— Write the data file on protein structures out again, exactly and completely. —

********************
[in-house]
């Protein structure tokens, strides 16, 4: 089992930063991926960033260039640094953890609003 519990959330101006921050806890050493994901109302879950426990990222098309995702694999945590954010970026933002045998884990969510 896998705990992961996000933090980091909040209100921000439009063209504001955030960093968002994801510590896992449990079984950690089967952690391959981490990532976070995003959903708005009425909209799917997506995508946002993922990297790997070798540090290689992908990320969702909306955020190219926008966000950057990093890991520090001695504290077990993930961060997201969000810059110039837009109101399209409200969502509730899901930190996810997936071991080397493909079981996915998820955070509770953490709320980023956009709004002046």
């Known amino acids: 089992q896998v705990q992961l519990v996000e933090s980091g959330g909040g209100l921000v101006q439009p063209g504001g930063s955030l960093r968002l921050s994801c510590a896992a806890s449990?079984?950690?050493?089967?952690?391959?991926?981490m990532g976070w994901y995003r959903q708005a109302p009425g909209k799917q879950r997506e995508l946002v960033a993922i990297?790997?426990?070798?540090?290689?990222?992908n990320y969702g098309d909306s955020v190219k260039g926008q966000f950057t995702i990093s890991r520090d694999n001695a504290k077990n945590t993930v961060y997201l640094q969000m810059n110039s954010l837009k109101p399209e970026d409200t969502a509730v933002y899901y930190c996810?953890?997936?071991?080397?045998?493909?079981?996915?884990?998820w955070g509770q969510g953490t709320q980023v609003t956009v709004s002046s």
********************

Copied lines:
[in-house]
């Protein structure tokens, strides 16, 4: 089992930063991926960033260039640094953890609003 519990959330101006921050806890050493994901109302879950426990990222098309995702694999945590954010970026933002045998884990969510 896998705990992961996000933090980091909040209100921000439009063209504001955030960093968002994801510590896992449990079984950690089967952690391959981490990532976070995003959903708005009425909209799917997506995508946002993922990297790997070798540090290689992908990320969702909306955020190219926008966000950057990093890991520090001695504290077990993930961060997201969000810059110039837009109101399209409200969502509730899901930190996810997936071991080397493909079981996915998820955070509770953490709320980023956009709004002046």
């Known amino acids: 089992q896998v705990q992961l519990v996000e933090s980091g959330g909040g209100l921000v101006q439009p063209g504001g930063s955030l960093r968002l921050s994801c510590a896992a806890s449990?079984?950690?050493?089967?952690?391959?991926?981490m990532g976070w994901y995003r959903q708005a109302p009425g909209k799917q879950r997506e995508l946002v960033a993922i990297?790997?426990?070798?540090?290689?990222?992908n990320y969702g098309d909306s955020v190219k260039g926008q966000f950057t995702i990093s890991r520090d694999n001695a504290k077990n945590t993930v961060y997201l640094q969000m810059n110039s954010l837009k109101p399209e970026d409200t969502a509730v933002y899901y930190c996810?953890?997936?071991?080397?045998?493909?079981?996915?884990?998820w955070g509770q969510g953490t709320q980023v609003t956009v709004s002046s």